By SIERRA MACIOROWSKI
Imagine a policy intended to help minority students into the colleges of their dreams. With the program, those students, especially the disadvantaged, can get the education they deserve, even if their high school curriculum was not satisfactory. They dream about a future of fancy cars, suburban housing, fashionable clothes, and intellectual companions.
Now, imagine that that program’s effects instead impair those students’ abilities in the realm of higher education. They expect equality — in treatment and in admissions — but their classmates see in them primarily the inequity of affirmative action, and college classes are much harder than expected. The students spend hours studying, but move through college with lower grades. Discouraged, disheartened, or convinced that their idealized world may not become a reality, some drop out, losing the opportunity to continue in the realm of higher education.
Equality is an inspiring ideal, and banning discrimination, one would think, clearly benefits equality. That issue lies at the heart of the current Supreme Court case, Schuette v. Coalition to Defend Affirmative Action, where Michigan’s Proposal 2 banning the use of affirmative action is under scrutiny. Unfortunately, the nature of affirmative action itself may split up the Court — as the same matter has caused a split between the 9th and 6th U.S. Circuit Courts. Unlike the recent decision in Fisher v. University of Texas, in which the court reaffirmed that affirmative action must be narrowly tailored, this case does not relate solely to the constitutionality of affirmative action. Instead, the argument lies in the ability of voters to ban a policy of which they do not approve. Can the voters restrict state universities from using discriminatory policies even if those policies benefit historically disadvantaged minorities? I say yes.
Racial diversity is important, and affirmative action was legally recognized in past court decisions, but the respondents in Schuette use as their primary argument the rare analysis mechanism known as the political restructuring doctrine. They say that moving the battle on affirmative action out of the hands of Michigan universities restructures the political process in a manner that disadvantages minorities. To wit, Proposal 2 “violated the Equal Protection Clause,” which guarantees equal protection of the laws for all, thus “creating an unequal and racially discriminatory political process.”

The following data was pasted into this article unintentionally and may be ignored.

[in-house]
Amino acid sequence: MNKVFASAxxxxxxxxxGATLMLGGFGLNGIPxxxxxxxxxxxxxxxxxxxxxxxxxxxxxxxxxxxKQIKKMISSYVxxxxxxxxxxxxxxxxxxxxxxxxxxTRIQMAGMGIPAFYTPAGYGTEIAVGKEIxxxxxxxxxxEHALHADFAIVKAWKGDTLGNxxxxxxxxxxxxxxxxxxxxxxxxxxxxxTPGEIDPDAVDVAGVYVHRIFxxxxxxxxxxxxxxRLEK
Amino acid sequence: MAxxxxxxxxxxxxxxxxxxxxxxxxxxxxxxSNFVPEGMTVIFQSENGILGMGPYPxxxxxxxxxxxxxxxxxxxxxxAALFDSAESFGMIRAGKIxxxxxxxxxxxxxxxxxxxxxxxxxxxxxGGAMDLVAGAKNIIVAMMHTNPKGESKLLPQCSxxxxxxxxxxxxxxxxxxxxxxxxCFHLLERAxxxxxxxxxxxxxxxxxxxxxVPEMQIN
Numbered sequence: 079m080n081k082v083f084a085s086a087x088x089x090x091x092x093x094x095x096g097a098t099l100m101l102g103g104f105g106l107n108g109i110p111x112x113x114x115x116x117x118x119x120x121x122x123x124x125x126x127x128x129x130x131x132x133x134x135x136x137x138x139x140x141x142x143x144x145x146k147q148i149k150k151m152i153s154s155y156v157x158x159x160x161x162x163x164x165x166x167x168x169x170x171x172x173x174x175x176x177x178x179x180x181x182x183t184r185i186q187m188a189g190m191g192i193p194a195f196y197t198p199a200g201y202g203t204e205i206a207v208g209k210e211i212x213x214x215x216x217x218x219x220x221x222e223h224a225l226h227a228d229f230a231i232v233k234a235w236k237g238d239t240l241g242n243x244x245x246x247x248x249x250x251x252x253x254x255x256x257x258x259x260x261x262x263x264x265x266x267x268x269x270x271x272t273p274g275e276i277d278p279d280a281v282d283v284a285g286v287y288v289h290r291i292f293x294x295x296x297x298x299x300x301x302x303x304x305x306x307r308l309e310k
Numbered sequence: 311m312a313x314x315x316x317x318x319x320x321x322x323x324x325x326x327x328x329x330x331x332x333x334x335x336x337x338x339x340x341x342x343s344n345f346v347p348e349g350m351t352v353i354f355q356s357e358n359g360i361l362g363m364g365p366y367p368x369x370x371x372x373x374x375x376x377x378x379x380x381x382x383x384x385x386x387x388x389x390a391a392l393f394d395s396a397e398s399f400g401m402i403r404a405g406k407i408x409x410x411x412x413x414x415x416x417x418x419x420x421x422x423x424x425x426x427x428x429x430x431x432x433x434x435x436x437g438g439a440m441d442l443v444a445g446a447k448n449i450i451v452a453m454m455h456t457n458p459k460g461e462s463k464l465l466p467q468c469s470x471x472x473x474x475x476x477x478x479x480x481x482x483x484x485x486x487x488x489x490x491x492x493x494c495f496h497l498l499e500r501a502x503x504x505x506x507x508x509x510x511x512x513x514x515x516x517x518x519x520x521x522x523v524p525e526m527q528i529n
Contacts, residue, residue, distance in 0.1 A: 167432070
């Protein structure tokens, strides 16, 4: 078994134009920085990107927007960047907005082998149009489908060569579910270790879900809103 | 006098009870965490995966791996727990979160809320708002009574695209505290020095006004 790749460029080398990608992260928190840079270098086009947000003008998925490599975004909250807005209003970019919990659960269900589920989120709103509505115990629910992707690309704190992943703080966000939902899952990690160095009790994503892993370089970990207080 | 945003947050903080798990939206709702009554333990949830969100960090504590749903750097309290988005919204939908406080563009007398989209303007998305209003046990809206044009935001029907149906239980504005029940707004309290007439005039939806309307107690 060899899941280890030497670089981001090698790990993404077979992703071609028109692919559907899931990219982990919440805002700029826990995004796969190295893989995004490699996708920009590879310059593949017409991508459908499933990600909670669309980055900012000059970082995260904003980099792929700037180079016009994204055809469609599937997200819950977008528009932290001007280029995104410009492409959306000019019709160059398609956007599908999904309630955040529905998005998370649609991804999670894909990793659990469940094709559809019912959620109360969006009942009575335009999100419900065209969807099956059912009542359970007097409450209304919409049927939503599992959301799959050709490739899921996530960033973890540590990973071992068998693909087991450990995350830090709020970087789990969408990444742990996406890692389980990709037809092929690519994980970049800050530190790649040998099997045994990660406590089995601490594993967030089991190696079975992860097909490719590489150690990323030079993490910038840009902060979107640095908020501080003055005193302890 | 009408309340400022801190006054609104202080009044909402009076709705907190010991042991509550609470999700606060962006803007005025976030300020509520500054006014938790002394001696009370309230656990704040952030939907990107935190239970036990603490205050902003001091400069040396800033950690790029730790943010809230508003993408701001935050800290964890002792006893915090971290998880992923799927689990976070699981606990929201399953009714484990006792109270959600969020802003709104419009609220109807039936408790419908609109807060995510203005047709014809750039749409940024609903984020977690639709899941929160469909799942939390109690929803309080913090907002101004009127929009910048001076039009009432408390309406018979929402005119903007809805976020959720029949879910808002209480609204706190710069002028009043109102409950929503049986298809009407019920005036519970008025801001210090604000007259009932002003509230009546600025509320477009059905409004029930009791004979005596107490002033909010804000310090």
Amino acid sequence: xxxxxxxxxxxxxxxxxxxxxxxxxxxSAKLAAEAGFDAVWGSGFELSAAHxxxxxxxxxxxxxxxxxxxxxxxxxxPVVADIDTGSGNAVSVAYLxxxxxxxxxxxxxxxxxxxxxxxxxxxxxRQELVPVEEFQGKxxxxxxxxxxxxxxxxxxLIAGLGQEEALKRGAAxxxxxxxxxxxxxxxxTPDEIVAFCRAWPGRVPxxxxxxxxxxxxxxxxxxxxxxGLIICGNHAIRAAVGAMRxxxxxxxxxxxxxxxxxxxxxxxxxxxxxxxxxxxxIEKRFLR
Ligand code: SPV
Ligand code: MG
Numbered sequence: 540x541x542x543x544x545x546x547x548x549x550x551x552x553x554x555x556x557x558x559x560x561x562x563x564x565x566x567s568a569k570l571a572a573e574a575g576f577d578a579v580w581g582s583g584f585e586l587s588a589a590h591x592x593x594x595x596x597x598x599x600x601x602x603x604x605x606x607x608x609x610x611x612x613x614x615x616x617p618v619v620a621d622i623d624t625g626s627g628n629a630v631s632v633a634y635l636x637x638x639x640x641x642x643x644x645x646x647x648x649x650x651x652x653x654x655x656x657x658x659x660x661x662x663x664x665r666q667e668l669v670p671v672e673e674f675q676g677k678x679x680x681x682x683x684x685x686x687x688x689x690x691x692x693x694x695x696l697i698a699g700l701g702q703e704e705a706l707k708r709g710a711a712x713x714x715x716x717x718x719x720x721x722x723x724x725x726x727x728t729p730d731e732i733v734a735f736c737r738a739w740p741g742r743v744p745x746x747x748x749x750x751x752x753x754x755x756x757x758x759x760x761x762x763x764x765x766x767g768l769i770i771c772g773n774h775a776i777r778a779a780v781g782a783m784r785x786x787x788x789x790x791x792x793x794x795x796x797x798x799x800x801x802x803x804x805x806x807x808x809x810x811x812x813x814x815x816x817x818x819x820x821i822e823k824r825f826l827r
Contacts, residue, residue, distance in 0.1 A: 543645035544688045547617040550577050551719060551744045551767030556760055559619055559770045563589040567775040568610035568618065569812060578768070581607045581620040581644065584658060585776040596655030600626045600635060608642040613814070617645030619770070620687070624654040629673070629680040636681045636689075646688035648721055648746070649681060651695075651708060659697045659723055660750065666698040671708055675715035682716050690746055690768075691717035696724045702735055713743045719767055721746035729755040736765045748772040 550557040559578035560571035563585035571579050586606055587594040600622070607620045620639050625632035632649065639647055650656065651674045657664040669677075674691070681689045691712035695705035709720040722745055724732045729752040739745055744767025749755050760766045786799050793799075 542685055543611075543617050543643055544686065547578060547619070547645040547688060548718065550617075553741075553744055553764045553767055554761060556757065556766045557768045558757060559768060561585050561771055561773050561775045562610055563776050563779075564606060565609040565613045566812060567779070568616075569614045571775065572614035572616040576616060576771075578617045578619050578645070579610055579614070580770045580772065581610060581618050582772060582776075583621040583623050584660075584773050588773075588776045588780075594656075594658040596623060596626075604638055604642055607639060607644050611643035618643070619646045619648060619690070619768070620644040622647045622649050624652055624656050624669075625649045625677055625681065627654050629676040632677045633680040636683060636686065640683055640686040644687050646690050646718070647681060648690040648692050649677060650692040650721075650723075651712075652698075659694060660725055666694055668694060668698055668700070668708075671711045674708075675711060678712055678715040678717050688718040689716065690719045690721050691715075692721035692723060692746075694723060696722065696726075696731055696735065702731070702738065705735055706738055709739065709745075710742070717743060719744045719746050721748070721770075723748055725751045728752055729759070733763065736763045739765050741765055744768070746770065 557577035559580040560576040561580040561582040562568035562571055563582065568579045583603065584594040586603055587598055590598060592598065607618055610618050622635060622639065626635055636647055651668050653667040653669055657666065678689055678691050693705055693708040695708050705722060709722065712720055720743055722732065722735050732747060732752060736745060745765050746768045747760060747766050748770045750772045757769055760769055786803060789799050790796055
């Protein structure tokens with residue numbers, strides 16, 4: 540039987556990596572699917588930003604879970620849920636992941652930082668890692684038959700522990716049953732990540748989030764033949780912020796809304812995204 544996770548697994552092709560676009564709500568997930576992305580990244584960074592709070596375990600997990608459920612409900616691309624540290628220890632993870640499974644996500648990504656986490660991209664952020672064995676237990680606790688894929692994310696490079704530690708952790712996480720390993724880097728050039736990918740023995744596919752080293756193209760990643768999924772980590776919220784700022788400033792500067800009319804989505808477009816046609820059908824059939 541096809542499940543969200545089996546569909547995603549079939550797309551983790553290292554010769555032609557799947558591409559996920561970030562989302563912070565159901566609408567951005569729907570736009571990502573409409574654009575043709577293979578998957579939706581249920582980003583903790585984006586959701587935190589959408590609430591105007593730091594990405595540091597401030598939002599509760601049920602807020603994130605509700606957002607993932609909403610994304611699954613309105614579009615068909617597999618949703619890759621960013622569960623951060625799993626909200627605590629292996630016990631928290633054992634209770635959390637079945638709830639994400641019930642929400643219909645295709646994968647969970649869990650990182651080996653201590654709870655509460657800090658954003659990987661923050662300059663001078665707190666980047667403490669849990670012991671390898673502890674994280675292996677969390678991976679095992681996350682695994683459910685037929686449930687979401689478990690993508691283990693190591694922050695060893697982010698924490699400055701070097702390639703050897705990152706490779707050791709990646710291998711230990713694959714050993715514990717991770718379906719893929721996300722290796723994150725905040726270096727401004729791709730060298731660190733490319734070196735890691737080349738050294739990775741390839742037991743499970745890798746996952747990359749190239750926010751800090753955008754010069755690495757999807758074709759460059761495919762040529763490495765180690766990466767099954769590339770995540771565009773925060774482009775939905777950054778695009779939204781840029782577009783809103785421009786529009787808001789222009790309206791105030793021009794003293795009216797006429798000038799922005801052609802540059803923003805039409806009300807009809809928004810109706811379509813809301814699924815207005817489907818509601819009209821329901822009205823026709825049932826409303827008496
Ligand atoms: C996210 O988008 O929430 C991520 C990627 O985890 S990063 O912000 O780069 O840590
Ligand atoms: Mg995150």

To use the political restructuring doctrine, the coalition attempts to prove that the ban weakens equality. However, as petitioners argue, Proposal 2 “does not create political obstructions to equal treatment.” Rather, it impedes preferential treatment.
Affirmative action is, by definition, an admissions preference — one which uses race to determine admittance. Thus, Proposal 2’s ban only prohibits discrimination itself — and accordingly upholds the intentions of the Equal Protection Clause.
Respondents said that the proposal allowed Michigan voters to “selectively change the rules of the political process along racial lines.” But the ban’s text forbids not only preferences based on race, but also those of gender, ethnicity, and national origin — and because of the nonracial extensions of its restrictions, the legal precedents which the respondents claim for striking down the ban cannot apply.
Imagine a white, impoverished adolescent. The teen hopes to attend a local university, but unfortunately she is denied admission, although she was a decent student and did her share in the community. The position that would have been hers in the university’s freshman class, instead goes to a minority child of a middle-class family that already has sent children to college. The poor student, on the other hand, is employed at minimum wage, and only advances through dedication to her job, working far below her overall productive capabilities.
In America, success, idealism and self-promotion are valued over many other ideals — they must be, in a capitalist and democratic society. And taking away individuals’ chances to get into the school of their dreams because of their racial background is unfair, no matter who the losers are. The aforementioned young woman should not lose her chance to realize her dreams because of her race. Nor should the minority student described earlier.
The people of Michigan, and voters throughout America, must have the right to ban racially discriminatory policies if equality continues to be valued. Ask yourself: would you want your hard-earned GPA, hundreds of hours of volunteer work, and four years of student leadership to be undervalued (or overvalued) simply because of the color of your skin?